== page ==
Human breast milk (HBM) is essential for the infant’s growth and development right after birth and is an irreplaceable source of nutrition for early human survival. Various infant formulas have many similarities to HBM in many components, but there is no perfect substitute for HBM. It’s full of nutrients that feed and protect your baby.

As your baby’s first food, you might expect your breast milk ingredients to include basic essential nutrients, such as carbohydrates, proteins and fats, as well as water to keep her hydrated, which it does. But breast milk is no ordinary food – it has more value than nutrition alone.

Choosing how you will feed your baby is one of the most important decisions you will make as a new parent. Breastfeeding is a gift that only you can give your baby. Your baby will feel safe and secure and you will provide a healthy start for your baby’s life. You will find breastfeeding to be a fulfilling part of motherhood.

        What does breast milk contain?

  • HBM contains about 87%–88% water
  • 124- g/L solid components as macronutrients, including about 7%
  • (60–70 g/L) carbohydrates
  • 1% (8–10 g/L) protein
  • 3.8% (35–40 g/L) fat.

Why is Breastfeeding Important for your Baby?

  • Breast milk helps keep your baby healthy.
  • It supplies all the necessary nutrients in the proper proportions.
  • It protects against allergies, sickness, and obesity.
  • It protects against diseases, like diabetes and cancer.
  • It protects against infections, like ear infections.
  • It is easily digested – no constipation, diarrhea or upset stomach.
  • Babies have healthier weights as they grow.
  • Breastfed babies score higher on IQ tests.

Breast milk changes constantly to meet babies’ needs.

The milk changes in volume and composition according to the time of day, nursing frequency, and age of baby to promote healthy growth. Breast milk is the perfect food for your baby.

The composition may vary depending on the environmental factors, including maternal diet. Colostrum is low in fat but high in protein and relatively rich in immune protective components.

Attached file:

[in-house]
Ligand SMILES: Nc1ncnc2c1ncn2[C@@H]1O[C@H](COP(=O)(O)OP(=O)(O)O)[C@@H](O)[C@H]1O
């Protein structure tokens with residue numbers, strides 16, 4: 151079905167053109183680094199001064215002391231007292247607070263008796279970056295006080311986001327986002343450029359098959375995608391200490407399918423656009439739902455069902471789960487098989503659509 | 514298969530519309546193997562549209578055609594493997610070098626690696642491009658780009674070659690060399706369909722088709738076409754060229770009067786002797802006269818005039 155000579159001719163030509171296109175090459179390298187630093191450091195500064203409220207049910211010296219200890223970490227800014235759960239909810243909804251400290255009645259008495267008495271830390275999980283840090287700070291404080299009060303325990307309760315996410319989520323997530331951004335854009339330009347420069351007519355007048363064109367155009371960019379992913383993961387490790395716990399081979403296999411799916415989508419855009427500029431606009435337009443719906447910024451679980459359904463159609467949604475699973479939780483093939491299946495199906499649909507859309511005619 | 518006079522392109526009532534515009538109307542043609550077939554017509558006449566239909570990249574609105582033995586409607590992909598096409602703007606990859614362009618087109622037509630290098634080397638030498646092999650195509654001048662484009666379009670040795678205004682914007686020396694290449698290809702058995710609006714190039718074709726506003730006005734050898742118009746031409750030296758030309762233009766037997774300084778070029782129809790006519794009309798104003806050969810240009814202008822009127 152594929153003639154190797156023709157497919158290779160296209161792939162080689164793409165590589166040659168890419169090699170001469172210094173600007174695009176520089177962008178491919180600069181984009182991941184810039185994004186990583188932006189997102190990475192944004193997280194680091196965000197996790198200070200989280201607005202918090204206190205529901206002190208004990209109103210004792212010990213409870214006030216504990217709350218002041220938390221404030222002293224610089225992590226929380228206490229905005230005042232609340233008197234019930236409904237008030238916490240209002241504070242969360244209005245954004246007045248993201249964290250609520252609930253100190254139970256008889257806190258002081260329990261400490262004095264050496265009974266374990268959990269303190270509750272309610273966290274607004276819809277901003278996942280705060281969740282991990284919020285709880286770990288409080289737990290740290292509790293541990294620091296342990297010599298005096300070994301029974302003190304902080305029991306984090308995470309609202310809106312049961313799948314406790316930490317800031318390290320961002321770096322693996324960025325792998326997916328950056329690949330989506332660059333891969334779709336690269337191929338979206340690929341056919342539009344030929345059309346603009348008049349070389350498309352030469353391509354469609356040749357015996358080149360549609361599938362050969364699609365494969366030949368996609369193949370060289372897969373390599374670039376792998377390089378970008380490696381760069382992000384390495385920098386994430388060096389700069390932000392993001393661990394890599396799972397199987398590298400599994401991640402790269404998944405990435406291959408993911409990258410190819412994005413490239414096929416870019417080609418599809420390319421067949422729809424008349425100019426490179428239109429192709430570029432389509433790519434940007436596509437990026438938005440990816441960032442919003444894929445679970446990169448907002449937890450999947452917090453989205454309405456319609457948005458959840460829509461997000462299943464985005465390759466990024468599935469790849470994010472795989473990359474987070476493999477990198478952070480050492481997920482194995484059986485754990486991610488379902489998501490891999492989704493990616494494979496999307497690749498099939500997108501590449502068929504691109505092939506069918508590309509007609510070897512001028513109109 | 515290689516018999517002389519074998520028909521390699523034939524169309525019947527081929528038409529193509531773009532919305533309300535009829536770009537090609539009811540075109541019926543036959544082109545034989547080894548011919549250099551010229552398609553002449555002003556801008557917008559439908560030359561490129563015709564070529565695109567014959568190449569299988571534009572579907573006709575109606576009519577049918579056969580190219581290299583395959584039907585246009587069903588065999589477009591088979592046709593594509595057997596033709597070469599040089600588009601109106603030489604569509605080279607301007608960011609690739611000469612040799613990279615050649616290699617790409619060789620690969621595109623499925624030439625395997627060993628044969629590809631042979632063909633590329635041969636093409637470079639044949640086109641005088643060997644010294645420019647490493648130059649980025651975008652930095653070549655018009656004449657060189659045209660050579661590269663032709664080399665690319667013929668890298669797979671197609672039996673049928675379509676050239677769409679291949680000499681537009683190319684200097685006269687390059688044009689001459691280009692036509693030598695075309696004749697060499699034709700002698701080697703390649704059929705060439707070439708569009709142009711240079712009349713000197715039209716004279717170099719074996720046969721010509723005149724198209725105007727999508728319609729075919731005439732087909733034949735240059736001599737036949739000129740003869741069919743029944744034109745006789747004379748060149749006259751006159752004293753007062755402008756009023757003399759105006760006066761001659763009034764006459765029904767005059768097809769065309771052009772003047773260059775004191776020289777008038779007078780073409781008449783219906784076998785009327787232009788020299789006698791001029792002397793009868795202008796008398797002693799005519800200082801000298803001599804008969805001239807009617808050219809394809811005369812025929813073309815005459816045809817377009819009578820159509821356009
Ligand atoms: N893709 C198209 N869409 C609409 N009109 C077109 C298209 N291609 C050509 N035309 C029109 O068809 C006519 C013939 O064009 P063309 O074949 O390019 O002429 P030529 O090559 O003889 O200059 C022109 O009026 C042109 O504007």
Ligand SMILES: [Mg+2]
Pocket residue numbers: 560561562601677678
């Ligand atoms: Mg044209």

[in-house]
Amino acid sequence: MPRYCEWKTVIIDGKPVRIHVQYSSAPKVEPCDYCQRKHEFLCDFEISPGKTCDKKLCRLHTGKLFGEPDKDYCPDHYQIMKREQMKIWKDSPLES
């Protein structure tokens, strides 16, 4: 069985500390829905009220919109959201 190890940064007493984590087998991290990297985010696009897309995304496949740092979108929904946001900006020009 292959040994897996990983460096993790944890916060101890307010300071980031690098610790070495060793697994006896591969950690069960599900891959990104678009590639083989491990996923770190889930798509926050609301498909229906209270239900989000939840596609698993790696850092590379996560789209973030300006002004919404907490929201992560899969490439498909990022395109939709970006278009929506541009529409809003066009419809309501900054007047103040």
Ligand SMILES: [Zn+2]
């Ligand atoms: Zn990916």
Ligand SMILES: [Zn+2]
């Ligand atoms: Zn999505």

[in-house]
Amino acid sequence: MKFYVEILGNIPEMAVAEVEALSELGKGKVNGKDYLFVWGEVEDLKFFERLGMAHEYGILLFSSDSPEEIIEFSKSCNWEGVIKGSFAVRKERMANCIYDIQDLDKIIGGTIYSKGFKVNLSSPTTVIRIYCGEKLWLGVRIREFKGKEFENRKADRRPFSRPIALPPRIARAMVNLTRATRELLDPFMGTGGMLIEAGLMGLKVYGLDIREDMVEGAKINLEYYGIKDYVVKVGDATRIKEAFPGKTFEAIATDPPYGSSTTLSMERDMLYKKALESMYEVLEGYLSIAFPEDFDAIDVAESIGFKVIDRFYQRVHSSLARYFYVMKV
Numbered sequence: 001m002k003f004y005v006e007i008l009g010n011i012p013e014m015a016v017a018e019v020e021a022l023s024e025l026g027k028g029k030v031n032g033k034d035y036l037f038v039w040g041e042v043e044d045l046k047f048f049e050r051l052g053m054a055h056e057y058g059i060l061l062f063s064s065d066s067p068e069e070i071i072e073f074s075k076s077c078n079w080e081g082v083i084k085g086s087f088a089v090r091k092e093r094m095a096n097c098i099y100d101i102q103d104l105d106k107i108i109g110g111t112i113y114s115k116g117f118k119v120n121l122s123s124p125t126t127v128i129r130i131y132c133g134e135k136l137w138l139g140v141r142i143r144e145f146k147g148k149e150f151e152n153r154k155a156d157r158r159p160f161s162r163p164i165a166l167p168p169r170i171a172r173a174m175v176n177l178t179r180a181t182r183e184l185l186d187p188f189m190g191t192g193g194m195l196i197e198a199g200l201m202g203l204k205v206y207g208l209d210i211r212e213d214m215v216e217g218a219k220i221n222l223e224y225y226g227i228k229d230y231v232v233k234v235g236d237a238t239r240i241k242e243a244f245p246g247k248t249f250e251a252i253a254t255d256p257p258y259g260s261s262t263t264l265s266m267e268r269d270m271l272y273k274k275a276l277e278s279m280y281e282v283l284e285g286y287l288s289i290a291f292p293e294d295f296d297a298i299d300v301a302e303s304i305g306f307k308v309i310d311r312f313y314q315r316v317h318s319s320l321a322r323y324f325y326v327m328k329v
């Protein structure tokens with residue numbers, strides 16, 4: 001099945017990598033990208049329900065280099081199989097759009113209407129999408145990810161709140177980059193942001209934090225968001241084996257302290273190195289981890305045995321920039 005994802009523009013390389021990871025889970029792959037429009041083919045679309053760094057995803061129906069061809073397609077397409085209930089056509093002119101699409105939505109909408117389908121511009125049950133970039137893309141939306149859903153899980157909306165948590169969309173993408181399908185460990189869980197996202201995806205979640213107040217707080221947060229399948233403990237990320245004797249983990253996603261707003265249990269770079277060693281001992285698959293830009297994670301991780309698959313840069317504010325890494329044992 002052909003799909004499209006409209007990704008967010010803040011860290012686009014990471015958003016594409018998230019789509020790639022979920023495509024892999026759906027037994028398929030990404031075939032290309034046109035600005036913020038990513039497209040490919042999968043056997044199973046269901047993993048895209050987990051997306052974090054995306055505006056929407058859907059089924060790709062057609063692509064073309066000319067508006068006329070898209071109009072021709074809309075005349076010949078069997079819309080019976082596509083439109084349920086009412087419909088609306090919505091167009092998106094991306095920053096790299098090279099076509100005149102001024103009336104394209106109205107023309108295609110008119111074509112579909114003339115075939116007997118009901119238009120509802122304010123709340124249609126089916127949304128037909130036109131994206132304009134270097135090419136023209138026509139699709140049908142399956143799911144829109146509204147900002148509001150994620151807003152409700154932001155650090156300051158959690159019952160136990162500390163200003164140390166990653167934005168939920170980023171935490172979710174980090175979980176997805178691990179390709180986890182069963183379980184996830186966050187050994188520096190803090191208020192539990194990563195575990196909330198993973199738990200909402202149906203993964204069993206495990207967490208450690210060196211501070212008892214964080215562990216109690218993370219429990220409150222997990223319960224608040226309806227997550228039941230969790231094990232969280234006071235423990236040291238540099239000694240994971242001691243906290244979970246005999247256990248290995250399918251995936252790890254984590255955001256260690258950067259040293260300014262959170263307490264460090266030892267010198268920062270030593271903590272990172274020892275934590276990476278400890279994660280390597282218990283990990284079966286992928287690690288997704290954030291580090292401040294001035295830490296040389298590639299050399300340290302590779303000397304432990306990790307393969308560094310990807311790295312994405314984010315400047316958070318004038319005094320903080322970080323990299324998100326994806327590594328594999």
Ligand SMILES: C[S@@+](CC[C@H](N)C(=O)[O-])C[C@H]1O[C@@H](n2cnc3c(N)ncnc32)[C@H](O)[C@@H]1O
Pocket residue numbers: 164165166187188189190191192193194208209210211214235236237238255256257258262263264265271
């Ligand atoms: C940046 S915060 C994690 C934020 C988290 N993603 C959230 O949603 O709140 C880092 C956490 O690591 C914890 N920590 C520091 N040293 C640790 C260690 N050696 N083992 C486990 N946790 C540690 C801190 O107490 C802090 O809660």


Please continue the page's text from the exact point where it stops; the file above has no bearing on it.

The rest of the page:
• Millions of live cells. These include immune-boosting white blood cells, as well as stem cells, which may help organs develop and heal.
  • More than 1,000 proteins that help your baby grow and develop, activate her immune system, and develop and protect neurons in her brain.
  • All that breast milk protein is made up of amino acids. There are more than 20 of these compounds in your milk. Some of them, called nucleotides, increase at night and scientists think they may induce sleep.
  • Over 200 complex sugars called oligosaccharides that act as prebiotics, feeding ‘good bacteria’ in your baby’s gut. They also prevent infections entering her bloodstream and lower her risk of brain inflammation.
  • More than 40 enzymes. Enzymes are catalysts that speed up chemical reactions in the body. The ones in your milk have jobs such as aiding your baby’s digestion and immune system, as well as helping her absorb iron.
  • Growth factors that support healthy development. These affect many parts of your baby’s body, including her intestines, blood vessels, nervous system, and her glands, which secrete hormones.
  • On the subject of hormones, your breast milk contains lots of them! These clever chemicals send messages between tissues and organs to ensure they work properly. Some help regulate your baby’s appetite and sleep patterns, and even aid the bond between you.